March 21, 2024

Weaving Together Mathematics, Programming, and African Heritage

In March 2024, the Siyakhula Festival, commemorating the 20th anniversary of AIMS, brilliantly showcased a unique amalgamation of cultural heritage and cutting-edge science through its innovative workshops and collaborative efforts. The festival, aptly named “We are growing,” lived up to its moniker by fostering growth in knowledge and community engagement.

A standout feature in the lead-up to the main event was the “TurtleStitch: Bringing Programming and Maths to the Real World” workshop on 16 March. This pre-festival initiative offered pupils from Masibambane High School a rare opportunity to delve into computer science by crafting African designs with code. TurtleStitch, based on the blocks-based environment of Snap!, enabled these young minds to explore fundamental programming concepts while linking them to traditional African handicrafts. The result was a striking display of digitally embroidered artworks that bridged the gap between the mathematical and the cultural, perfectly embodying the festival’s theme of innovation and heritage.

This workshop was part of a broader initiative led by researchers from SAP and UC Berkeley, aiming to democratise access to programming through open-source languages that are both engaging and intellectually stimulating. SAP’s commitment to enhancing digital literacy among African youth underscores the pivotal role of technology in empowering the next generation of innovators.

Jadga Huegle from SAP, the facilitator deeply involved in the orchestration and success of the event, reflected on the experience: “Seeing the light in the students’ eyes as they realised they could transform their code into tangible pieces of art was profoundly moving. It was a vivid reminder that when we blend science with our cultural roots, the possibilities are boundless.”

The partnership with AIMSSEC, the schools outreach branch of AIMS, facilitated a rich exchange of ideas and skills, highlighting the institute’s commitment to advancing mathematical sciences across Africa.

The festival’s collaboration with AIMS further expanded the workshop’s impact, inviting participants from the Saturday session back for a special event on Thursday morning, Human Rights Day, reinforcing the connection between traditional learning and modern technology. Dr Sinobia Kenny initiated the session with a moving speech that addressed the daily struggles faced by township schools’ students and teachers. Sibulele Magini, Head of Molo Mhlaba Schools, shared the inspirational principles guiding their institutions. Notably, two learners from Masibambane who had participated in the Saturday workshop delivered their own heartfelt speech, evoking an emotional response from the audience. The highlight was the performance by girls from Molo Mhlaba School, who presented a decolonised version of the South African national anthem and a traditional political song, leaving an indelible mark on all present. Following this powerful session, an impromptu workshop was conducted for the Molo Mhlaba girls, with assistance from Masibambane learners. This experience, culminating in the girls receiving embroidered bags featuring designs from the Saturday workshop, underscored the festival’s deep-rooted commitment to fostering mutual understanding, recognition, and the integration of cultural heritage with technological innovation.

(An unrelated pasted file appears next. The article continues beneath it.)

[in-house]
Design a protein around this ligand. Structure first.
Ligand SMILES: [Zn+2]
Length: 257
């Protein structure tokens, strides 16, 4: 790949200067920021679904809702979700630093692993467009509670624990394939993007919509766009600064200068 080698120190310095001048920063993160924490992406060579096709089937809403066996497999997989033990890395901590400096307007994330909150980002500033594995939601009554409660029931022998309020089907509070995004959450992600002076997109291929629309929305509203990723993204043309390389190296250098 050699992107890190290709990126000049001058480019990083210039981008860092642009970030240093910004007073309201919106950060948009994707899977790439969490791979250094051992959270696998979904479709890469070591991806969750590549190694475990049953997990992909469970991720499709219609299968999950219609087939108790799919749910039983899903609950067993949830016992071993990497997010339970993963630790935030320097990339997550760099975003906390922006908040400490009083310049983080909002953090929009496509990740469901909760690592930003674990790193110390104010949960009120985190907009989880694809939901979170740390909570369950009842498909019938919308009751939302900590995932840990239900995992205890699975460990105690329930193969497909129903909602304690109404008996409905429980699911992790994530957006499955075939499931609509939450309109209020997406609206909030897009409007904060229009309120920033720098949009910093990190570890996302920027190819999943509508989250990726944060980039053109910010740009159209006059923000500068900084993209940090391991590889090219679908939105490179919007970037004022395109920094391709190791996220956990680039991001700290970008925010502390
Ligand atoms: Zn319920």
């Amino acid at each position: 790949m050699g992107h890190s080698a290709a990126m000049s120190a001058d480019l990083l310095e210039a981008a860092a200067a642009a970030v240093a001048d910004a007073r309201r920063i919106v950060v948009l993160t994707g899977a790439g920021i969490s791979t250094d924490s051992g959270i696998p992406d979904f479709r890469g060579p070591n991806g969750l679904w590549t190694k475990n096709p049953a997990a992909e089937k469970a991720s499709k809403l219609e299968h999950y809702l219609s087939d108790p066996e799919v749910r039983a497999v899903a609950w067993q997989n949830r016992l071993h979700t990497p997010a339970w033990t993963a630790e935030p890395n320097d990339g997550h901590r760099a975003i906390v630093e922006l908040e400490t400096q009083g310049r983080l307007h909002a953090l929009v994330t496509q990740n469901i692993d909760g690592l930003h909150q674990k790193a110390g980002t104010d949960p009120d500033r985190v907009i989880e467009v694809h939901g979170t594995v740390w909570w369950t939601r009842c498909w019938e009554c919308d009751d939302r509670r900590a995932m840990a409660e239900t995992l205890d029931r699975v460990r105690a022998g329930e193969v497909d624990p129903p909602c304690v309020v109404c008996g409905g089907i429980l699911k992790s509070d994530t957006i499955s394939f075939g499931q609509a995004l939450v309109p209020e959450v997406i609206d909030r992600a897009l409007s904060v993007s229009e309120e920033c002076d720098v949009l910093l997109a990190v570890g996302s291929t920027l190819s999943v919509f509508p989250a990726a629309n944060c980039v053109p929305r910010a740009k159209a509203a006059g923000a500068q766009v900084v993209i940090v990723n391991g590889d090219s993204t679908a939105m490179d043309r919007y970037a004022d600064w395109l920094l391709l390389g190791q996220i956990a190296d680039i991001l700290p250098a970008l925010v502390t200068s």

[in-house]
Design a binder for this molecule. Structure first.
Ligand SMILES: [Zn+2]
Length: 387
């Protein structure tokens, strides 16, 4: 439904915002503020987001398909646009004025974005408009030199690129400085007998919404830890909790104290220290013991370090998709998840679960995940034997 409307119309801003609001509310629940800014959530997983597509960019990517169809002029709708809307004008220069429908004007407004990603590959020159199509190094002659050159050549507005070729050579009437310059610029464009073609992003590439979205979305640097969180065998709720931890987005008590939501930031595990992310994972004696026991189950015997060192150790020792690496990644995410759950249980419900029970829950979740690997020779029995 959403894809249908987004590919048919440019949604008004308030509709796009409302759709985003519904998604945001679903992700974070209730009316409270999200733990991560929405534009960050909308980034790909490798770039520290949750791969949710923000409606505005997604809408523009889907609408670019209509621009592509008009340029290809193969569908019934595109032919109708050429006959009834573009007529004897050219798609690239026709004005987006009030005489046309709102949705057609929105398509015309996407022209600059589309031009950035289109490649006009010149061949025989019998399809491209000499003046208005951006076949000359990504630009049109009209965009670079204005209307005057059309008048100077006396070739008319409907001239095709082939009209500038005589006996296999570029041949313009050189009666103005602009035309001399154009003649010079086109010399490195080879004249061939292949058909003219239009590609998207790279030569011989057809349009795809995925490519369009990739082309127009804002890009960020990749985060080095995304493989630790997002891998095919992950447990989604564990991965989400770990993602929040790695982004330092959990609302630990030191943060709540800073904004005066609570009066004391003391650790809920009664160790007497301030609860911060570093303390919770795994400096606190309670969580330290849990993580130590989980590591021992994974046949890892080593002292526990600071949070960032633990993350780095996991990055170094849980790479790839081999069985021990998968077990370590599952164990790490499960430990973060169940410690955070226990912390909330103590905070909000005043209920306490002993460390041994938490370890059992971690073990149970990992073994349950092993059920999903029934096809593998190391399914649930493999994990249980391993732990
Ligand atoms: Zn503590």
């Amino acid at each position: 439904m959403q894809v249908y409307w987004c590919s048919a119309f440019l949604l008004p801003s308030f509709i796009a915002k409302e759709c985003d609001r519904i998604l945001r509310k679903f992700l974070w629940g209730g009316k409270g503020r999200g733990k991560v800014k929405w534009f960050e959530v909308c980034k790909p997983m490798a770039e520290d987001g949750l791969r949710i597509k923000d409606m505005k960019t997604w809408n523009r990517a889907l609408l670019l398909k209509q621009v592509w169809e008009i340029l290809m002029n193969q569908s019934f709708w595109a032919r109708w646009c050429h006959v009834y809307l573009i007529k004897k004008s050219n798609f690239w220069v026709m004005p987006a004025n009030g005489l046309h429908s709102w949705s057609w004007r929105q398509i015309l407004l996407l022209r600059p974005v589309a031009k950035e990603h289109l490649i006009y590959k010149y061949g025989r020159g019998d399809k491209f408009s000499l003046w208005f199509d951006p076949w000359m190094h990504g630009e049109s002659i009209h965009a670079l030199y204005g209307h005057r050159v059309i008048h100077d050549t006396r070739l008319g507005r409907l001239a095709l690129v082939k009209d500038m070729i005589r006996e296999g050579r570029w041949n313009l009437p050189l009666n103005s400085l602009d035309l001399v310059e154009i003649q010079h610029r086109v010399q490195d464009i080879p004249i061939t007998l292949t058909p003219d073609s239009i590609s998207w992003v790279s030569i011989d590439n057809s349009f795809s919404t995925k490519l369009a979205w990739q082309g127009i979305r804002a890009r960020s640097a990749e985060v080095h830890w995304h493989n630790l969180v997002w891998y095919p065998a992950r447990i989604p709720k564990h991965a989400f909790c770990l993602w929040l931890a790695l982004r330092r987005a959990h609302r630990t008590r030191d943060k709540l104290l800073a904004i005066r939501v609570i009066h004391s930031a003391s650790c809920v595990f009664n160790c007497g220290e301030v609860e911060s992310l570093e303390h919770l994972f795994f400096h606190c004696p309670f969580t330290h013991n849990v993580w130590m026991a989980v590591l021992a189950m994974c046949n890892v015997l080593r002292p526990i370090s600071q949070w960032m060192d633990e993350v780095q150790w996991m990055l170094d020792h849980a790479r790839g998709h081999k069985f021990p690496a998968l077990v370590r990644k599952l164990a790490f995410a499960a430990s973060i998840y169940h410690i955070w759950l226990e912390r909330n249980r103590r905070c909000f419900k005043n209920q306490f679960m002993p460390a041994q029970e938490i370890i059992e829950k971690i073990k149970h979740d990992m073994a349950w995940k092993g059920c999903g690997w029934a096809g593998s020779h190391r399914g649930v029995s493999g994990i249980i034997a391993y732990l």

The success of the TurtleStitch workshop and the AIMS collaboration during the Siyakhula Festival highlights the transformative power of combining education, technology, and cultural awareness. It stands as a testament to the festival’s role in nurturing a digitally proficient generation that is deeply rooted in its heritage, poised to contribute meaningfully to the ongoing digital revolution and beyond.

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